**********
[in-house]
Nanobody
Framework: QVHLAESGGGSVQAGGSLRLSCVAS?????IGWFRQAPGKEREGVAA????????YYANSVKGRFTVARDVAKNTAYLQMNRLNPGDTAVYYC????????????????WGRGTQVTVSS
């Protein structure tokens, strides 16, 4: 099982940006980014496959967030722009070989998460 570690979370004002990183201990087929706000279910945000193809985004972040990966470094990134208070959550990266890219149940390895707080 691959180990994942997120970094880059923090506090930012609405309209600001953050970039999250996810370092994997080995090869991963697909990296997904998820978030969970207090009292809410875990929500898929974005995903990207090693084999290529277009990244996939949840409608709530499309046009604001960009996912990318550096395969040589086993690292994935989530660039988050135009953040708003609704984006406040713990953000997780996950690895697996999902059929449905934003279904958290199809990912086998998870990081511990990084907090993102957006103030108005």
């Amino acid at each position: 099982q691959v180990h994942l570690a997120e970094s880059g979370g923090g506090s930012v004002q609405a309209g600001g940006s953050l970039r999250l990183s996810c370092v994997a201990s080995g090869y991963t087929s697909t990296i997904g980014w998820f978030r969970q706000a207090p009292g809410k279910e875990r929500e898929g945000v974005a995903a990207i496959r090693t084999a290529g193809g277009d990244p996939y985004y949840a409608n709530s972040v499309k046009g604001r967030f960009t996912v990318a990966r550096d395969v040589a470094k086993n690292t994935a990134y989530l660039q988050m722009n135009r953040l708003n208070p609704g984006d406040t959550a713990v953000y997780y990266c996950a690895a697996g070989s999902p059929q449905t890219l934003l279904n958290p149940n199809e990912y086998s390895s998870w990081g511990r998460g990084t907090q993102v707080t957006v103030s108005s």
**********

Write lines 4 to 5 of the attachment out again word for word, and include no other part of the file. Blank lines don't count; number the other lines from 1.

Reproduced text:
């Protein structure tokens, strides 16, 4: 099982940006980014496959967030722009070989998460 570690979370004002990183201990087929706000279910945000193809985004972040990966470094990134208070959550990266890219149940390895707080 691959180990994942997120970094880059923090506090930012609405309209600001953050970039999250996810370092994997080995090869991963697909990296997904998820978030969970207090009292809410875990929500898929974005995903990207090693084999290529277009990244996939949840409608709530499309046009604001960009996912990318550096395969040589086993690292994935989530660039988050135009953040708003609704984006406040713990953000997780996950690895697996999902059929449905934003279904958290199809990912086998998870990081511990990084907090993102957006103030108005």
């Amino acid at each position: 099982q691959v180990h994942l570690a997120e970094s880059g979370g923090g506090s930012v004002q609405a309209g600001g940006s953050l970039r999250l990183s996810c370092v994997a201990s080995g090869y991963t087929s697909t990296i997904g980014w998820f978030r969970q706000a207090p009292g809410k279910e875990r929500e898929g945000v974005a995903a990207i496959r090693t084999a290529g193809g277009d990244p996939y985004y949840a409608n709530s972040v499309k046009g604001r967030f960009t996912v990318a990966r550096d395969v040589a470094k086993n690292t994935a990134y989530l660039q988050m722009n135009r953040l708003n208070p609704g984006d406040t959550a713990v953000y997780y990266c996950a690895a697996g070989s999902p059929q449905t890219l934003l279904n958290p149940n199809e990912y086998s390895s998870w990081g511990r998460g990084t907090q993102v707080t957006v103030s108005s």